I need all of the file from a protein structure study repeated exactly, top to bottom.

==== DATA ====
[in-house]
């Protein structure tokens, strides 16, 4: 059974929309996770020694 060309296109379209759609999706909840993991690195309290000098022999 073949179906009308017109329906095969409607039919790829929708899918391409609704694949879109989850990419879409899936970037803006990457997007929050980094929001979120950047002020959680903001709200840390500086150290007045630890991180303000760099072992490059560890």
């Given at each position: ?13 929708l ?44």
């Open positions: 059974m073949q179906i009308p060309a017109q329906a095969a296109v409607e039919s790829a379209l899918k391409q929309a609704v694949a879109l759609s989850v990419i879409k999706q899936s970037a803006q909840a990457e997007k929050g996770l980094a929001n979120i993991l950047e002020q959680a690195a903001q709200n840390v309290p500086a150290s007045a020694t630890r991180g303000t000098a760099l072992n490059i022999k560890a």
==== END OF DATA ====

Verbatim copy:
[in-house]
């Protein structure tokens, strides 16, 4: 059974929309996770020694 060309296109379209759609999706909840993991690195309290000098022999 073949179906009308017109329906095969409607039919790829929708899918391409609704694949879109989850990419879409899936970037803006990457997007929050980094929001979120950047002020959680903001709200840390500086150290007045630890991180303000760099072992490059560890």
């Given at each position: ?13 929708l ?44």
């Open positions: 059974m073949q179906i009308p060309a017109q329906a095969a296109v409607e039919s790829a379209l899918k391409q929309a609704v694949a879109l759609s989850v990419i879409k999706q899936s970037a803006q909840a990457e997007k929050g996770l980094a929001n979120i993991l950047e002020q959680a690195a903001q709200n840390v309290p500086a150290s007045a020694t630890r991180g303000t000098a760099l072992n490059i022999k560890a």